INK + SKIN + THE ROCKTattoos of SaltSpring on the Body
I’ve been fascinated by skin illustrations since I was a kid. I read Ray Bradbury’s The Illustrated Man, a collection of short stories strung together by the premise that a boy at a lake stares into the images of a stranger in a full body suit of tattoos-each one spins the reader into its story. The mesmerizing Rod Steiger plays the colourful stranger in the movie version. My teenage posse The Hacks had embraced the great Irish guitarist Rory Gallagher as the soundtrack of our youth. We would don our plaid shirts and work boots and press to the front of the stage flapping our arms to the music like emperor penguins as only teenage boys can. Songs like A Million Miles Away, Cradle Rock. Bullfrog Blues and the straight ahead rocker Tattoo’d Lady :
Tattoo'd lady, bearded baby, they're my family
When I was lonely, something told me where I could always be
Where I could wish for pennies, if we had any
You'd meet me down at the shooting gallery.
I knew I wanted to meet a tattooed lady when I grew up.
In 1981, I was in Las Vegas and went for a haircut on a Monday unaware that barbershops across the town closed that day of the week. Las Vegas Tattooing however was open-the Doctor was in-and within an hour Dr. Dog had applied my one and only tattoo. The good doctor was an illustrated man with a dangling cigarette. In painful, pinching, buzzing strokes he emblazoned a postage stamp sized representation of the cosmos above my heart. For the next few days I kept it lathered in Vaseline and covered from the blistering desert sun-sneaking a peak now and then at the vibrant rendering.
I came very close to the second tattoo many times. Very close: on the waterfront of Antwerp in the middle of the night after a raucous party at the Voll Moon Club…in New York, Leningrad and Miami. It was to be an image of paradise, perhaps with palm trees, so a tropical one. The project was thwarted many times because I truly didn’t have a clear vision of what paradise looks like, although I’m leaning toward Laurie Anderson”s version: Paradise is exactly where you are right now only much better…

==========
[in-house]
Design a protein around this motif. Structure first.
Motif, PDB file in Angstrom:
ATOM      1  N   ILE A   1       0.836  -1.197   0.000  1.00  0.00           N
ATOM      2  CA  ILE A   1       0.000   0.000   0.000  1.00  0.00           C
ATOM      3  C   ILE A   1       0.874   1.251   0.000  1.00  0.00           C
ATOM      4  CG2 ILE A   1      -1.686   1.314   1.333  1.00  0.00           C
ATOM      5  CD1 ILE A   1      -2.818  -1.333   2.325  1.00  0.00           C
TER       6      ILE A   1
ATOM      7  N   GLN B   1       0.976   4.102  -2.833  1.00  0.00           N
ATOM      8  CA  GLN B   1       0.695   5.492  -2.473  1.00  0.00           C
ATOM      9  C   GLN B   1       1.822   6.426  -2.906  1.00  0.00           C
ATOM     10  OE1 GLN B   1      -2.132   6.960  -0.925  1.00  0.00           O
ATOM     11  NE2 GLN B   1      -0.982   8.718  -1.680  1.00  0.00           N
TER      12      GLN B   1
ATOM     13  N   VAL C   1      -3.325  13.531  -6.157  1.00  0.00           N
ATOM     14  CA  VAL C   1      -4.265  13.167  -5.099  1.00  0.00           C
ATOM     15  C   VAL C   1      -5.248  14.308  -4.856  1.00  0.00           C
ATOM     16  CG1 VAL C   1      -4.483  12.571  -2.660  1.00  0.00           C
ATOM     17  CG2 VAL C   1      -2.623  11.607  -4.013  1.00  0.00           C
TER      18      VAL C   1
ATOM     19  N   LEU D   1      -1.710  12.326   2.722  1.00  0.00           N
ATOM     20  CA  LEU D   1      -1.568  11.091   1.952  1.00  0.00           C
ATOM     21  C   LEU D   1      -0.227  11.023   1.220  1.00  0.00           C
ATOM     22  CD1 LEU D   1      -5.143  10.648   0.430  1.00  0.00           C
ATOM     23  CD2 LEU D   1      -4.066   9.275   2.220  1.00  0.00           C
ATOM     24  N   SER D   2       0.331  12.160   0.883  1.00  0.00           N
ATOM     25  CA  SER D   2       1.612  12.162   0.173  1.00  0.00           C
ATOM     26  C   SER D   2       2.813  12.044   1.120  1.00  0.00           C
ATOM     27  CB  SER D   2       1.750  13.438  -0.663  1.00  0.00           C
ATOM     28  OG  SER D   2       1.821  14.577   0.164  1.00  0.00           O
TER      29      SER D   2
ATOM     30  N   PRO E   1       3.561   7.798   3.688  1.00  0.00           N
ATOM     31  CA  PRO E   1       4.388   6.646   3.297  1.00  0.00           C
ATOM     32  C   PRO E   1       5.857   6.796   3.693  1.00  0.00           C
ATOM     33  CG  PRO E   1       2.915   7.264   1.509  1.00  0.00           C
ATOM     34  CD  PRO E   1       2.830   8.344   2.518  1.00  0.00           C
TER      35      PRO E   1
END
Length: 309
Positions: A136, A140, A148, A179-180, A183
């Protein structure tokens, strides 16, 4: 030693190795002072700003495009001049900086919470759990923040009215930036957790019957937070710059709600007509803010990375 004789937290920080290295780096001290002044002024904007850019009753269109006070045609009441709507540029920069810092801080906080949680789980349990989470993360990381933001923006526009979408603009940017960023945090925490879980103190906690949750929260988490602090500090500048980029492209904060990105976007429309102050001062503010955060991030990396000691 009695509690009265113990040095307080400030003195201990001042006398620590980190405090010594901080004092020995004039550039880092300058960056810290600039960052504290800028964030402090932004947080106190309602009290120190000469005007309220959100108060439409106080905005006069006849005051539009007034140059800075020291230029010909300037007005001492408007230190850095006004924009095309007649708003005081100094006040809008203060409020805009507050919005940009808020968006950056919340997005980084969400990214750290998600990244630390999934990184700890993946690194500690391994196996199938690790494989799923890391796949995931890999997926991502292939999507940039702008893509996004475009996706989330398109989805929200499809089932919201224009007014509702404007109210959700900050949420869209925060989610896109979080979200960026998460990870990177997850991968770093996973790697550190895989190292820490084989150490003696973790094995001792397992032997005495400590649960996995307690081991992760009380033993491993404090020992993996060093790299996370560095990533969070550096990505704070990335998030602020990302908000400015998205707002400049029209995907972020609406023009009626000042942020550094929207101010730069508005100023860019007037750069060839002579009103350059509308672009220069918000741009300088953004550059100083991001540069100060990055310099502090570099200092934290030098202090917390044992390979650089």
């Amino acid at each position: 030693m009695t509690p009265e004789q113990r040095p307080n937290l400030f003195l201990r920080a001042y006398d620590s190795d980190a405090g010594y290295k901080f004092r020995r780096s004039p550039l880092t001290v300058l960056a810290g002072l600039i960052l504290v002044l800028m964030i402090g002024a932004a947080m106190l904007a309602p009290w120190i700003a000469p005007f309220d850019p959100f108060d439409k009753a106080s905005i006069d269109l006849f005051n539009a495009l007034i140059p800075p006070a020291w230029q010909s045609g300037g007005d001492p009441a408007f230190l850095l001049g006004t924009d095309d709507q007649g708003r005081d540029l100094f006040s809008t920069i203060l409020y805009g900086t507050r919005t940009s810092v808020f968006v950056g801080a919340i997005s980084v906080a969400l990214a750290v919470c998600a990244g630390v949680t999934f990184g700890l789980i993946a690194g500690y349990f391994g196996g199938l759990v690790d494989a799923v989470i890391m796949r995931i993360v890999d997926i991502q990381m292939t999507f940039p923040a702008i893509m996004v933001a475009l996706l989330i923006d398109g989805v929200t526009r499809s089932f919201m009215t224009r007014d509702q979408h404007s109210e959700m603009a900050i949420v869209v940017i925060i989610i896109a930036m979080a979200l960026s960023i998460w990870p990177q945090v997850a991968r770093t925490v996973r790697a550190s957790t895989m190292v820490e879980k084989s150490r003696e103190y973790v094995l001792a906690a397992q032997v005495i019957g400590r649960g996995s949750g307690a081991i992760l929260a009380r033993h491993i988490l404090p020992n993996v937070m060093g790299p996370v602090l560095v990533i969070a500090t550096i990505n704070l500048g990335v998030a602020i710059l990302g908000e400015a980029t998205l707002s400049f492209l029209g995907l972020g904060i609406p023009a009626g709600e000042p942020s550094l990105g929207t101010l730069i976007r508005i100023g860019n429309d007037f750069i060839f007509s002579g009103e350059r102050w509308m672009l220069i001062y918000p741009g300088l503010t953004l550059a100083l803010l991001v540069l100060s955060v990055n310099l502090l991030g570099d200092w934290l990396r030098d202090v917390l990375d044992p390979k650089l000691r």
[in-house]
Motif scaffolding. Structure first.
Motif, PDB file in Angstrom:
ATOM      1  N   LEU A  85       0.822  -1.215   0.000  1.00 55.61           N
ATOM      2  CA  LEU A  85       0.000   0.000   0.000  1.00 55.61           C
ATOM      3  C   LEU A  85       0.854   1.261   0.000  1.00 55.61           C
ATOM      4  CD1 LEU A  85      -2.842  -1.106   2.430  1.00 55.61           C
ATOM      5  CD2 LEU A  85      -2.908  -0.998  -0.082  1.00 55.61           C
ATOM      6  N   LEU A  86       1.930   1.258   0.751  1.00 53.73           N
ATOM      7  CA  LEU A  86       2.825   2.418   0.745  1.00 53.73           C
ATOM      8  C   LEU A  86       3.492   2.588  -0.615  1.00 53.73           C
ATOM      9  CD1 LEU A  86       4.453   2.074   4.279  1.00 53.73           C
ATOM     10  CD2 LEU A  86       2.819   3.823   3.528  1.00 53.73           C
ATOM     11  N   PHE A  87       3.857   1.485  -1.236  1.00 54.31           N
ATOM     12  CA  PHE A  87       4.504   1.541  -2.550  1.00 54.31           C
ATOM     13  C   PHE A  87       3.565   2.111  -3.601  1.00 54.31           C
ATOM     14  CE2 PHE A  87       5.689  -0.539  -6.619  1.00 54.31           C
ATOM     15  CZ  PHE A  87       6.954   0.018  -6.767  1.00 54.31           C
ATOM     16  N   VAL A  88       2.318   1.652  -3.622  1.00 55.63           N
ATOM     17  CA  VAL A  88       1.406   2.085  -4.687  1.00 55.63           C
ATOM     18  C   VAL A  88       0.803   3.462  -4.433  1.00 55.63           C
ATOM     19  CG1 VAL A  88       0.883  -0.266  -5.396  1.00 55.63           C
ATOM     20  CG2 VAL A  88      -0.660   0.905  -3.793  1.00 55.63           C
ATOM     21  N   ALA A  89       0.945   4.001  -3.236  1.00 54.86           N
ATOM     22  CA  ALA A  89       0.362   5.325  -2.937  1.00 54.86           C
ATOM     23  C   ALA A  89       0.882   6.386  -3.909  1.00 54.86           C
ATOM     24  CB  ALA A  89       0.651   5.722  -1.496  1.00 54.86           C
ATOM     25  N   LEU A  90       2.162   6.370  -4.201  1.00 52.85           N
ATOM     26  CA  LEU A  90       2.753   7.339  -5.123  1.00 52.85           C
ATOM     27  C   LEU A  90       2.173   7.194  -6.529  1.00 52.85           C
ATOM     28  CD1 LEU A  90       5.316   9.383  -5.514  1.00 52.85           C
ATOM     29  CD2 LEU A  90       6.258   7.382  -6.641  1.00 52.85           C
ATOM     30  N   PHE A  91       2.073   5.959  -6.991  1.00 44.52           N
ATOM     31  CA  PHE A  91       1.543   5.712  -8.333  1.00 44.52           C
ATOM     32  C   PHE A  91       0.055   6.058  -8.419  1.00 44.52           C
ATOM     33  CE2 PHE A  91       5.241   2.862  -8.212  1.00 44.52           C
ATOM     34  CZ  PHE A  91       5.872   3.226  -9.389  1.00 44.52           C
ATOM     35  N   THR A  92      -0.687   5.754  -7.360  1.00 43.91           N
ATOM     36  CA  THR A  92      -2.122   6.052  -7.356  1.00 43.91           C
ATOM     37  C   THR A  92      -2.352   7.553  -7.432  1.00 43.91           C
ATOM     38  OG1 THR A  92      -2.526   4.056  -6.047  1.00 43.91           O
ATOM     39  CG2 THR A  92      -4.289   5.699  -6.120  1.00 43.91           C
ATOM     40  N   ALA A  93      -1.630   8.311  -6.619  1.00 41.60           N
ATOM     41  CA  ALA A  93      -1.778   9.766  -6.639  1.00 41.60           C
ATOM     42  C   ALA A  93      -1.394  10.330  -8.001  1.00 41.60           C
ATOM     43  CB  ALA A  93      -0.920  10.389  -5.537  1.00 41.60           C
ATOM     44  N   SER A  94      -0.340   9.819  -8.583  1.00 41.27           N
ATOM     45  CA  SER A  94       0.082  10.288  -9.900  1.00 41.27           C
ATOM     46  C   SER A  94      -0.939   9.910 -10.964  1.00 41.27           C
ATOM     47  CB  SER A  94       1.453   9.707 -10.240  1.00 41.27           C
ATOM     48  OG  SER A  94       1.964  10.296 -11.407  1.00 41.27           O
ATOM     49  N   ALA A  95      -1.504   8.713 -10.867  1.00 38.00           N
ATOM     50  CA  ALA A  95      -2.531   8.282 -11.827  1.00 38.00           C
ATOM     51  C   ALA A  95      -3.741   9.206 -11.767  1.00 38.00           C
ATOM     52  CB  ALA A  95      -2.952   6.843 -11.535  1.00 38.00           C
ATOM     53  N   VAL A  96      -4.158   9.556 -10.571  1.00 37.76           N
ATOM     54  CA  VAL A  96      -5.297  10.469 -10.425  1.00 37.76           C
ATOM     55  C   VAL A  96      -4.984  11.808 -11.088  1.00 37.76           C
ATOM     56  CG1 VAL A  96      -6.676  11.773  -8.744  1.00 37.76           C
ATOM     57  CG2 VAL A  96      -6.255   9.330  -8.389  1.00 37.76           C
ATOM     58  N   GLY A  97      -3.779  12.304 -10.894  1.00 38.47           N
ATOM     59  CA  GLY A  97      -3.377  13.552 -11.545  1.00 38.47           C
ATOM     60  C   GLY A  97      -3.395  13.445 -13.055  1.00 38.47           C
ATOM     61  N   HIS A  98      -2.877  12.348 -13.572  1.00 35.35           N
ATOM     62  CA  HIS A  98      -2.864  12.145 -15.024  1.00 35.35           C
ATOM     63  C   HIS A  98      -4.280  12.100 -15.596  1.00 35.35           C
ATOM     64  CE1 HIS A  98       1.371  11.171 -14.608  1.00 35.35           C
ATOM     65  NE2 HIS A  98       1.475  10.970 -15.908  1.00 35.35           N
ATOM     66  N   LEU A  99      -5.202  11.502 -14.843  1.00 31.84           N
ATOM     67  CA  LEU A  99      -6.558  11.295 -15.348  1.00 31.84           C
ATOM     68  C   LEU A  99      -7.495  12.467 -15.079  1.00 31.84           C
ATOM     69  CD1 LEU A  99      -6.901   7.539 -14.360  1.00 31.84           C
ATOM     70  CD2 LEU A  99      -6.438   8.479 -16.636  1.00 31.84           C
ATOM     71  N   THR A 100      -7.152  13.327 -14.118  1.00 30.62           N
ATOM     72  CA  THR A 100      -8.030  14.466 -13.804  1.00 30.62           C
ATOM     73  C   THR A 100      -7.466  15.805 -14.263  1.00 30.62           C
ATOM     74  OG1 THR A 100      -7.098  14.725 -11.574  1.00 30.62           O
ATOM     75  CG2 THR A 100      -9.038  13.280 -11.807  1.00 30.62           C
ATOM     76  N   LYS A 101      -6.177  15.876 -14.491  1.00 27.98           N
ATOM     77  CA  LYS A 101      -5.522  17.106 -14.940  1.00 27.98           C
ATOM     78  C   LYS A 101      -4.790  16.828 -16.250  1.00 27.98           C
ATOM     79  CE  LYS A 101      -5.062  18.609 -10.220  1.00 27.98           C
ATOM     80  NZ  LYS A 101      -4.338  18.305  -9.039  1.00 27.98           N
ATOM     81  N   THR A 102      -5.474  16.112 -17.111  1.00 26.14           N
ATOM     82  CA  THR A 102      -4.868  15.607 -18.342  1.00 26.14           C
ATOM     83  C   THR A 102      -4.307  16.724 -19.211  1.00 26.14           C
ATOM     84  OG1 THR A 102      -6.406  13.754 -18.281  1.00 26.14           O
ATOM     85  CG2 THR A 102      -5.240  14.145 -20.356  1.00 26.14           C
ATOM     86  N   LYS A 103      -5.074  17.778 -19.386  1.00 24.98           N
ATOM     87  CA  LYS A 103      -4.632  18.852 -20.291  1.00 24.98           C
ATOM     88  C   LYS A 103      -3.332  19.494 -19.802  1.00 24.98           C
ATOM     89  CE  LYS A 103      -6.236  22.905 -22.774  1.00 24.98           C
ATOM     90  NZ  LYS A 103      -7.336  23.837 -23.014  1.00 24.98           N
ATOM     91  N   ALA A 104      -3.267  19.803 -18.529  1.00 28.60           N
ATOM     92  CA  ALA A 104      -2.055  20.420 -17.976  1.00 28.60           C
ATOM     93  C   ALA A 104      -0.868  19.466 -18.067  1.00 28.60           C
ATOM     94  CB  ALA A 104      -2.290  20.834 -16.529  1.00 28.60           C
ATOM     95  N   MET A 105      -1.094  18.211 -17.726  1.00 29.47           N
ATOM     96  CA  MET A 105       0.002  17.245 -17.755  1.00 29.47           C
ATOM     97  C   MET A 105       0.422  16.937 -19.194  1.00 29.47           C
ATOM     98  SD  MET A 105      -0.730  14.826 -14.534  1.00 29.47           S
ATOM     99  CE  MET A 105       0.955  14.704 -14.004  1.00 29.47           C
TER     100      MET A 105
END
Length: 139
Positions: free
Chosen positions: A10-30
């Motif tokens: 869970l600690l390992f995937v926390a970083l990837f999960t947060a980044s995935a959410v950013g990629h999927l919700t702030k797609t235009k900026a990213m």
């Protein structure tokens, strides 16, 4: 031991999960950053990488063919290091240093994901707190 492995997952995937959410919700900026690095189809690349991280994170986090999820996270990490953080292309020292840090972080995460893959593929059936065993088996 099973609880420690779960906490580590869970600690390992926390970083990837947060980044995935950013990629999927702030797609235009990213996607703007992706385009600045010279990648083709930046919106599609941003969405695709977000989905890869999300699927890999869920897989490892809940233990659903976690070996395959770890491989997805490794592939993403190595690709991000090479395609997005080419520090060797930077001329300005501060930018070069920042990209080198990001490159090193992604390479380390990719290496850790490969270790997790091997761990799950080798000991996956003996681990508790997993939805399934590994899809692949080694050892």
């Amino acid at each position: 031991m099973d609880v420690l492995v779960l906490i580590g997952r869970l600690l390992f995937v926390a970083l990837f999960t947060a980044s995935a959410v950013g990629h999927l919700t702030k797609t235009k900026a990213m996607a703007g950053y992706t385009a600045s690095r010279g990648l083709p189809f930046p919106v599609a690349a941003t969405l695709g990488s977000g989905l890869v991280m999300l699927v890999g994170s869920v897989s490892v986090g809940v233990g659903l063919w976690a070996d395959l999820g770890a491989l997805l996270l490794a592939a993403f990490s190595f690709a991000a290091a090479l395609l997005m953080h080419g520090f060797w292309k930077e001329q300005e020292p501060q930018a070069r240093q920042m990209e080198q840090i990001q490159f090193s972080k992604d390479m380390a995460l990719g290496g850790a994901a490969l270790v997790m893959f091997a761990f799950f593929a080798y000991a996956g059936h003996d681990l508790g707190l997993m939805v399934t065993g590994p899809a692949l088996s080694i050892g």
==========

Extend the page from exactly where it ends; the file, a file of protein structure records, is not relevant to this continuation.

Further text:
The summer of 1986 found us settled in to our round shack on the beach at Fulford Harbour. On a message board at Luigi’s, I saw a poster advertising “An Evening with a Tattooed Lady” at Off Centre Stage. Micki T. was going to show her body suit, I was to see my first tattooed lady in my new home town-you just have to love SaltSpring Island! Sid and Micki opened with a skit that has her preparing to leave her skin to the Smithsonian. A slide show of Micki in exotic costumes was followed by the exhibiting of the suit on a gorgeous body, six months pregnant. Young kids were running around as she ended her performance with a Q and A. We learned she would save up money and then travel to seedy motels deep in the southern US to catch up with the itinerant tattoo artist, always loyal to the same one. On her long solo journey north she would leave faint impressions of the newest section of tattoo on motel sheets.
There was the loveliest patch of pale white unadorned skin under her right armpit, a tabula rasa amidst the mayhem of dragons battling for pearls (her nipples), spouting phallus and so on. The artist in me appreciated the negative space and how it defined the colourful areas around it. An audience member next to me asked the question on my lips. No, she had committed to a full body suit so she would be filling in this blank shape.
What is the story, what is the hook, the attraction that propels our contemporaries to ink their skin? Much academic ink has been spilt on the history of human self-marking. Yet more ink describes the psychological-fetishistic imperatives in play. My purpose is to studiously avoid such pondering. These photographic images rendered in the printer’s ink are not statements or manifestos although they have germinated from a single, simple question.
What lies beneath the decision to immortalize SaltSpring Island on one’s flesh…its outline, its initials, its name, its topographical features, its nicknames?
After all, people are not walking around with “West Saanich” or “Metchosin” tattooed on their breast.
If you have an interest in the nature of this photo exhibition or have a wish to participate as a subject to be photographed, Please contact Peter Allan email@example.com